Artificial intelligence technology will affect about 60 percent of all jobs worldwide, according to a new analysis by the International Monetary Fund.

IMF chief Kristalina Georgieva said that "AI will worsen overall inequality".

Countries need to address the issue to "prevent technology from exacerbating social tensions," Georgieva said.

The study examined the benefits and risks of the spread of artificial intelligence.

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The IMF said AI will affect a large share of jobs in advanced economies - about 60 percent.

SOME JOBS WILL DISAPPEAR

In half of these examples, workers can use AI to increase their productivity.

But in other cases, it has been suggested that AI will have the ability to perform basic tasks currently carried out by humans. This could reduce demand for labor, affecting wages and even eliminating jobs.

The IMF estimates that AI technology will only affect 26 percent of jobs in low-income countries.

Georgieva said that "many of these countries do not have the infrastructure or skilled labor to take advantage of AI, which means that over time the technology could worsen inequality between countries."

The analysis said that high-income and young workers who embrace AI could see a disproportionate increase in their wages.

But lower-income and older workers could be left behind, according to the IMF.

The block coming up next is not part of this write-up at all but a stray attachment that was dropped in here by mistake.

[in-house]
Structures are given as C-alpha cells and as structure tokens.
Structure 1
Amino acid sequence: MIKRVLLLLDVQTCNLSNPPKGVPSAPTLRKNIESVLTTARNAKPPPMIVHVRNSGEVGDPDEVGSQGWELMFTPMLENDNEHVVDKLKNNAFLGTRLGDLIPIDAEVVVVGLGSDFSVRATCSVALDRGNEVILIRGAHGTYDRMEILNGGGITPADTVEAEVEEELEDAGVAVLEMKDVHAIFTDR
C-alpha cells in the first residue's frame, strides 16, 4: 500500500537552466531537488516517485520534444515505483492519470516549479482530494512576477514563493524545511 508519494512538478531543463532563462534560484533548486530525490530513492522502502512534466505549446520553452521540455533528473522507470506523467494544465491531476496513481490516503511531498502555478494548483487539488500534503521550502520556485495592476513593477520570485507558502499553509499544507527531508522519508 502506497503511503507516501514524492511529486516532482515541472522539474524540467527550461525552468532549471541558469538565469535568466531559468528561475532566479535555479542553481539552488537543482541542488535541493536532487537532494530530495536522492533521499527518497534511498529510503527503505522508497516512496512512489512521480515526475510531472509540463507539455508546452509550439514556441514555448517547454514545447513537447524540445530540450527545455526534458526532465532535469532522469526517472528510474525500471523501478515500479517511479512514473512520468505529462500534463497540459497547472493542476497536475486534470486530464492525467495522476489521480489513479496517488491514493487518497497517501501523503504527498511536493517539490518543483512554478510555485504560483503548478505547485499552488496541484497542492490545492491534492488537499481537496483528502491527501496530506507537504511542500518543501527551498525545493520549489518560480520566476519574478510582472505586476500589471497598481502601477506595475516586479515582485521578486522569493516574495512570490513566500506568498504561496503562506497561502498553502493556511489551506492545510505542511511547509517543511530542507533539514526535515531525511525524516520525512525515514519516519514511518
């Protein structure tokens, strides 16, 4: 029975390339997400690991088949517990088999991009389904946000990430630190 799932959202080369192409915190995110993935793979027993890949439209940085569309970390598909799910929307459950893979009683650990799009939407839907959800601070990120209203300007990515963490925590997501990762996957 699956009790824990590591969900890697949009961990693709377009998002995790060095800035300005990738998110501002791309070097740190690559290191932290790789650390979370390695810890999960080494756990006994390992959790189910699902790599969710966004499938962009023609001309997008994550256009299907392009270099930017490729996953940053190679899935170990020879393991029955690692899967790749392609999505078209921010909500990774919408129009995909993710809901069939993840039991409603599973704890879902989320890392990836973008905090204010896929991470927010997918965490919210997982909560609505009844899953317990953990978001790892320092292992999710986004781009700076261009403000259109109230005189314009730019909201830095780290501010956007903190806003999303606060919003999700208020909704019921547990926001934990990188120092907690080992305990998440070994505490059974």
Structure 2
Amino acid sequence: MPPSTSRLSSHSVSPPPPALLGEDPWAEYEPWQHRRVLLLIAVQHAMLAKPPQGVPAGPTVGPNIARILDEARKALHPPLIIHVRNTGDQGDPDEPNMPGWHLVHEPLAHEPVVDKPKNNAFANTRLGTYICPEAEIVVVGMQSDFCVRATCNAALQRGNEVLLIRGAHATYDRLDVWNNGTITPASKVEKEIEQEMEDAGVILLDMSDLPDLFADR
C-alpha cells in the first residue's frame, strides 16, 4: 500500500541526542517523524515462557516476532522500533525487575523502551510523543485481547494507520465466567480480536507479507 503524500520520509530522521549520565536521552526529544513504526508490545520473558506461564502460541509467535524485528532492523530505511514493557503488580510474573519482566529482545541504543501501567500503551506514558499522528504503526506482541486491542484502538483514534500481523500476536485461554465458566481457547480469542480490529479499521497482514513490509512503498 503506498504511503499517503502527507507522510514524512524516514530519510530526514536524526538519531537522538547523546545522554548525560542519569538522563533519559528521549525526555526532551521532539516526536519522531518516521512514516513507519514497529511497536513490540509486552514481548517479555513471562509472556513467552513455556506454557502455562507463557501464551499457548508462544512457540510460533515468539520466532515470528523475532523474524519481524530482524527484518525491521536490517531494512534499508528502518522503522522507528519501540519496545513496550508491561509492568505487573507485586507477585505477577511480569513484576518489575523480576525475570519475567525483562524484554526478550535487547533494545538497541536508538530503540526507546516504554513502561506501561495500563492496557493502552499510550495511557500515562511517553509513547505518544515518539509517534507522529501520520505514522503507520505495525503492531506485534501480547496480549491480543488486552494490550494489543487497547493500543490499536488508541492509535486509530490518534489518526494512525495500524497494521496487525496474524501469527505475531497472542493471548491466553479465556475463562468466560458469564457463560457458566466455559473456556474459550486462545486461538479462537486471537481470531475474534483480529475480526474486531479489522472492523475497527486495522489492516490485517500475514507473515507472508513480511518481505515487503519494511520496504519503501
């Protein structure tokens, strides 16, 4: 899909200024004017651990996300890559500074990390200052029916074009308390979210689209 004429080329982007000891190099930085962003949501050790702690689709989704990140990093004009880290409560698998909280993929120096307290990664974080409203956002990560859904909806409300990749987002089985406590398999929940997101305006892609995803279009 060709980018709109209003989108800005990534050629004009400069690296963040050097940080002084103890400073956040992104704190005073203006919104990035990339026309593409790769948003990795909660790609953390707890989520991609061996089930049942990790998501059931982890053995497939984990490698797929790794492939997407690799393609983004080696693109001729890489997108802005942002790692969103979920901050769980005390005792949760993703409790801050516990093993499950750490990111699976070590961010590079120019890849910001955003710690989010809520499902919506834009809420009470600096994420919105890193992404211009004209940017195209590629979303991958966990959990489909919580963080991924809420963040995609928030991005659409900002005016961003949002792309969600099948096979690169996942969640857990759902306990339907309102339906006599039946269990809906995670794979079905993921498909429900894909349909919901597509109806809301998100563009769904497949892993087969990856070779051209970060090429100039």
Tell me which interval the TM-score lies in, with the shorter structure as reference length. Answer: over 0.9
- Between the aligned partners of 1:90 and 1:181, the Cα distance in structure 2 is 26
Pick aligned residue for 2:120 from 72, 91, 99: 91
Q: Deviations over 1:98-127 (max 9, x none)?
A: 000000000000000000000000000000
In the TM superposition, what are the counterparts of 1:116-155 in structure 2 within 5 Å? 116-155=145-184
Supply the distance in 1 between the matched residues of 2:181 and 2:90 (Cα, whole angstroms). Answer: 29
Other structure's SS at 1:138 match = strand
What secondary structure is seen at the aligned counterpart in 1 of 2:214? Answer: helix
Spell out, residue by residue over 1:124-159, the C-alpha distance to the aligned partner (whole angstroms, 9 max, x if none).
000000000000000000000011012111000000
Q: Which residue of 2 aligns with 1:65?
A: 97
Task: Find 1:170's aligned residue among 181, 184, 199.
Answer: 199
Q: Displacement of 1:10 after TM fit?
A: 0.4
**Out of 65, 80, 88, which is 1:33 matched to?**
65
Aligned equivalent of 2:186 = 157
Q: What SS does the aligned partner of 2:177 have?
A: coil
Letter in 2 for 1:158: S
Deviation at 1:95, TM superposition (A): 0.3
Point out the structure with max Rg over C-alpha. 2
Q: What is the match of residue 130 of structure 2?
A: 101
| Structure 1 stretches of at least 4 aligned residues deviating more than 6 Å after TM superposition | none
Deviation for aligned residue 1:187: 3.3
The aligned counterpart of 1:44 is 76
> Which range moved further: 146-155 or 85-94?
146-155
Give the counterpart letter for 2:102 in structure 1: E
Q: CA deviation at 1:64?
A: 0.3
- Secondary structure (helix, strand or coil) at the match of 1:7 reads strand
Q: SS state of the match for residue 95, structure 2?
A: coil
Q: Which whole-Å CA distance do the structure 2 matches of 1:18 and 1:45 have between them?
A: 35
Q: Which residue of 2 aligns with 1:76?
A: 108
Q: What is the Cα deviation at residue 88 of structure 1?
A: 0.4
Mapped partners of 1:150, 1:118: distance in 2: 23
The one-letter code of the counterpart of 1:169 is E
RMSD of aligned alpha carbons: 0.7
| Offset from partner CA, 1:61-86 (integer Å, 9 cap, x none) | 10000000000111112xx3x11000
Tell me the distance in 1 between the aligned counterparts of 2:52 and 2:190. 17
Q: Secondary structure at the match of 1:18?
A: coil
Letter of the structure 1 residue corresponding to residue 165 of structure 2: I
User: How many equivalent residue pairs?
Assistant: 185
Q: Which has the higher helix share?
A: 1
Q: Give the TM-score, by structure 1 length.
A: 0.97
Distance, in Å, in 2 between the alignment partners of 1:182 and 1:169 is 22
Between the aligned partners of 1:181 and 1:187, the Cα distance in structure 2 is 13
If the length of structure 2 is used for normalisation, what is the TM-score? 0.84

WHAT CAN BE DONE?

"It is crucial that countries build comprehensive social safety nets and offer retraining programs for vulnerable workers," Georgieva said.

One of the world's biggest banks has announced thousands of layoffs! One of the world's biggest banks has announced thousands of layoffs!

"By doing so, we can make the AI transition more inclusive, protect livelihoods and reduce inequality."

The IMF's analysis was released in conjunction with the World Economic Forum in Davos, Switzerland.

Last month, European Union officials reached a tentative agreement on the world's first comprehensive laws to regulate the use of artificial intelligence.

The European Parliament will vote on AI legislation earlier this year, but any legislation will not come into force until at least 2025.

BBC